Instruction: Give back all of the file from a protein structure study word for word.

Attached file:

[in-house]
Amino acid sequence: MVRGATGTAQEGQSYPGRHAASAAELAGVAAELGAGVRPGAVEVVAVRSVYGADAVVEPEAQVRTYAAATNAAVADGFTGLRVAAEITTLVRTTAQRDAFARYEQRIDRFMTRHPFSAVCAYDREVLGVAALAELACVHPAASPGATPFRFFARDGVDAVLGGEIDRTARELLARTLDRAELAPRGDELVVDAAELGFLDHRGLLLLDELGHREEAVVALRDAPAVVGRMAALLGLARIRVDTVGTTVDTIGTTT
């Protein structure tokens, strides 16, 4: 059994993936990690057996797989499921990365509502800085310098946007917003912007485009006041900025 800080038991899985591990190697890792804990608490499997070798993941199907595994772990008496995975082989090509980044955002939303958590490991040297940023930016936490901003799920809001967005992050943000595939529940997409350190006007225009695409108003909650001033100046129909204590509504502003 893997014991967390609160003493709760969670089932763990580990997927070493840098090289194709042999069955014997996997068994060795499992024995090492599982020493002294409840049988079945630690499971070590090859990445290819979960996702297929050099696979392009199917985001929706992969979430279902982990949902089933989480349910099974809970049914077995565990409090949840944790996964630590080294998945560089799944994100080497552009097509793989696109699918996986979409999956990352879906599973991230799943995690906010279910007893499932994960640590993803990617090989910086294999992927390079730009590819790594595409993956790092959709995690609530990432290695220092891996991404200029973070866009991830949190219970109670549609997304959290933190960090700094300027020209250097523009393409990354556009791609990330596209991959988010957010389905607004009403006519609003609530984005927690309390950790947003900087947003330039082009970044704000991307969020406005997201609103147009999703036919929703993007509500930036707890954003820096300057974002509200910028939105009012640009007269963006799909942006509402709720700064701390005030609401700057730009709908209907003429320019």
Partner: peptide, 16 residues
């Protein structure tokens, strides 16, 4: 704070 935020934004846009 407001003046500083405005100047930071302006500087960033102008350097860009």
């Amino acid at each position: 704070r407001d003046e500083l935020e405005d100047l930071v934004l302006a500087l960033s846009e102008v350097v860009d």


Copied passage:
[in-house]
Amino acid sequence: MVRGATGTAQEGQSYPGRHAASAAELAGVAAELGAGVRPGAVEVVAVRSVYGADAVVEPEAQVRTYAAATNAAVADGFTGLRVAAEITTLVRTTAQRDAFARYEQRIDRFMTRHPFSAVCAYDREVLGVAALAELACVHPAASPGATPFRFFARDGVDAVLGGEIDRTARELLARTLDRAELAPRGDELVVDAAELGFLDHRGLLLLDELGHREEAVVALRDAPAVVGRMAALLGLARIRVDTVGTTVDTIGTTT
């Protein structure tokens, strides 16, 4: 059994993936990690057996797989499921990365509502800085310098946007917003912007485009006041900025 800080038991899985591990190697890792804990608490499997070798993941199907595994772990008496995975082989090509980044955002939303958590490991040297940023930016936490901003799920809001967005992050943000595939529940997409350190006007225009695409108003909650001033100046129909204590509504502003 893997014991967390609160003493709760969670089932763990580990997927070493840098090289194709042999069955014997996997068994060795499992024995090492599982020493002294409840049988079945630690499971070590090859990445290819979960996702297929050099696979392009199917985001929706992969979430279902982990949902089933989480349910099974809970049914077995565990409090949840944790996964630590080294998945560089799944994100080497552009097509793989696109699918996986979409999956990352879906599973991230799943995690906010279910007893499932994960640590993803990617090989910086294999992927390079730009590819790594595409993956790092959709995690609530990432290695220092891996991404200029973070866009991830949190219970109670549609997304959290933190960090700094300027020209250097523009393409990354556009791609990330596209991959988010957010389905607004009403006519609003609530984005927690309390950790947003900087947003330039082009970044704000991307969020406005997201609103147009999703036919929703993007509500930036707890954003820096300057974002509200910028939105009012640009007269963006799909942006509402709720700064701390005030609401700057730009709908209907003429320019």
Partner: peptide, 16 residues
């Protein structure tokens, strides 16, 4: 704070 935020934004846009 407001003046500083405005100047930071302006500087960033102008350097860009």
């Amino acid at each position: 704070r407001d003046e500083l935020e405005d100047l930071v934004l302006a500087l960033s846009e102008v350097v860009d």